There is a connection between theology and records. When people ask me what a christening record is, I understand they either are not churched in theology, or they were raised in a church which practices believer’s baptism only.
Each church varies on its theology, and these differences are also reflected in the records. For example, a Roman Catholic child is usually christened within a few days of birth by a sprinkling of water over the head. A Methodist could receive baptism at any age by sprinkling, pouring or full immersion. A Baptist would only baptize in a believer’s baptism upon a profession of faith by full immersion. Quakers (Society of Friends) would not baptize at all, and Mormons practice baptism for the living and on behalf of the dead. All practices create records.
These theological differences are further reflected in the records through church transfers, and who is allowed to partake of communion. When a person switches church membership, does an infant baptism transfer over to a believer’s baptism church? How are visitors screened for a communion service? Does a church practice open or closed communion? Again, it all reflected in the records.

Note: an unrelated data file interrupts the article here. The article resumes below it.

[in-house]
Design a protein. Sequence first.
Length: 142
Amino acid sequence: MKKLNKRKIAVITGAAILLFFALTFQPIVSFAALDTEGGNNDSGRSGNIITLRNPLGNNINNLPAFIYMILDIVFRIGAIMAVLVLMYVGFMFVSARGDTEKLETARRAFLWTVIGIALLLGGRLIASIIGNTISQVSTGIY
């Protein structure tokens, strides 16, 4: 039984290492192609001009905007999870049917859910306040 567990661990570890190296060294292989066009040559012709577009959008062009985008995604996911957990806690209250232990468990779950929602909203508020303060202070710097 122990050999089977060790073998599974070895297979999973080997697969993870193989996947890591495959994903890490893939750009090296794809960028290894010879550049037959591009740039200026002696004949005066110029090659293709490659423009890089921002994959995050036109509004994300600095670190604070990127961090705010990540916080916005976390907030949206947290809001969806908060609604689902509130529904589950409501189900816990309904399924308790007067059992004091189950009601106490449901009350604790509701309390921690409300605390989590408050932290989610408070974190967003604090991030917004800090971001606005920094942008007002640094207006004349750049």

Church discipline is another matter for the records. Some church minutes provide all the gory details, while others are vague at best. I’ve read Presbyterian session minutes involving discipline which made me want to go wash my eyes in the sink!
In your research, don’t hesitate to purchase a good “systematic theology” book. A non-genealogical source such as this can go a long way in helping you understand what you are seeing in the records.
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